17 Sep 2015
Soil’s Year in the Sun
They say everyone gets their 15 minutes of fame …their moment in the sun. This year, 2015, has been declared by the General Assembly of the United Nations as the International Year of Soils, a credit that seems long overdue.
A year seems hardly enough time to celebrate the fundamental contribution of soil, which is a resource so essential to the development and support of life on this planet of ours. For society at large, we are of course, where we are today because of the quality of our soils. Soils have
fostered life, fed billions, and they have protected our environments. How we manage our soils has been an integral part of our great successes…and failures. We’ve depended on farmers and their daily relationship with soil for thousands of years.
So it has taken a few thousand of years for us to organize ourselves to the point where we can dedicate an entire year to celebrating soils. Yes, it’s about time, but perhaps the timing is perfect. We have a great opportunity to promote our science of agronomy to those who might be examining for the first time with fresh, inquiring eyes, how agricultural production is accomplished today. In fact, this is one of the primary goals of the UN declaration, to “raise awareness among society and decision makers about the profound importance of soil for human life.”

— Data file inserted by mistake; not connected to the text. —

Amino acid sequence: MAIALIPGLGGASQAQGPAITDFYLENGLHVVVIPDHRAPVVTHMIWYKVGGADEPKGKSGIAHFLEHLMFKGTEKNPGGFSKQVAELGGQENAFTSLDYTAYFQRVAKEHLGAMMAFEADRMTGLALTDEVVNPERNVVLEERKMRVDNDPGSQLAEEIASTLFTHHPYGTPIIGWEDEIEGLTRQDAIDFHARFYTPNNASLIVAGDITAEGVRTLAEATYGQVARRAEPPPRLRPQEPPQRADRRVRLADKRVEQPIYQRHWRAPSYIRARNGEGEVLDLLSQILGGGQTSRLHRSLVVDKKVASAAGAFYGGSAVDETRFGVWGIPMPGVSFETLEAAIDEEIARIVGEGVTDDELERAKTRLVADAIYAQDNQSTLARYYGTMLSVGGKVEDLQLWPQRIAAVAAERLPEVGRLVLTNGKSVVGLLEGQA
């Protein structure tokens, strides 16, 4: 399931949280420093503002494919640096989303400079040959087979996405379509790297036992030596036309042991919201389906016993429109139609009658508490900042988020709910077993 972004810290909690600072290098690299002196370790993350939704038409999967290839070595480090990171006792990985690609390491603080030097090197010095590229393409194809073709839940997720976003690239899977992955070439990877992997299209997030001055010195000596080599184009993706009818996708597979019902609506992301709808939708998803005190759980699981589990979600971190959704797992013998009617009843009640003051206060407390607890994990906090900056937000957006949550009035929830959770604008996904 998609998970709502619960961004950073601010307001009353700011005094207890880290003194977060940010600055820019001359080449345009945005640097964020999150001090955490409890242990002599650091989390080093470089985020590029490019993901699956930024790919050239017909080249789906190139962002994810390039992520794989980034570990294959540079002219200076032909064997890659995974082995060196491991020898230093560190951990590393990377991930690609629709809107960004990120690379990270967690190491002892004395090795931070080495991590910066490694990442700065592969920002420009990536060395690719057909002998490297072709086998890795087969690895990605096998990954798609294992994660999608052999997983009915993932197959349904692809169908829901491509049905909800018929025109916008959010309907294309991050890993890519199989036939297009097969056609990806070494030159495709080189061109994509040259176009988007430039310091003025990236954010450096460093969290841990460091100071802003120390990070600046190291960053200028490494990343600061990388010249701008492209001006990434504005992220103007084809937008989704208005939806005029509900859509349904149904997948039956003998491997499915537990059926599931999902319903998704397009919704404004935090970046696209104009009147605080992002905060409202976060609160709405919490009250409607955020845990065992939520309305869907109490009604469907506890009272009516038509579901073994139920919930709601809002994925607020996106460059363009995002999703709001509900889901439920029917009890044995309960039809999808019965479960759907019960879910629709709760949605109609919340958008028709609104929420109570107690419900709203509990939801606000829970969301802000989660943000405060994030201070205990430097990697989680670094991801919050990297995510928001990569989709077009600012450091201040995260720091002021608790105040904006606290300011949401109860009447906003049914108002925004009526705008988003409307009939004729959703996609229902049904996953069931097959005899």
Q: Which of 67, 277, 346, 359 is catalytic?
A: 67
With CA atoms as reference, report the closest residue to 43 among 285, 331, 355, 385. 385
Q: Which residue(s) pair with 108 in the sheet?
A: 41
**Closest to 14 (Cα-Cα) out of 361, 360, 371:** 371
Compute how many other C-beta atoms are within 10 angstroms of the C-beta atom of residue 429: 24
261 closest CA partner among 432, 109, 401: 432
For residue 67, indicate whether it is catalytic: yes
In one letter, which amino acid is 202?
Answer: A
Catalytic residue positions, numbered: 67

Activities related to the International Year of Soils are going to keep the contribution of soils in the forefront of our minds this year. Our experience in the fi eld provides us with lots of good stories to highlight from across the globe, which can demonstrate the effectiveness of the many regionally-adapted techniques farmers use to manage and improve their soils.
So when 2015 is over and soil’s time in this limelight is done, what should you do next as a manager of soil? Lets try to keep the ball rolling and maintain these new connections we’ve gained through this international effort. Lets keep them tuned-in on what is happening now, or is about to happen, down on the farm.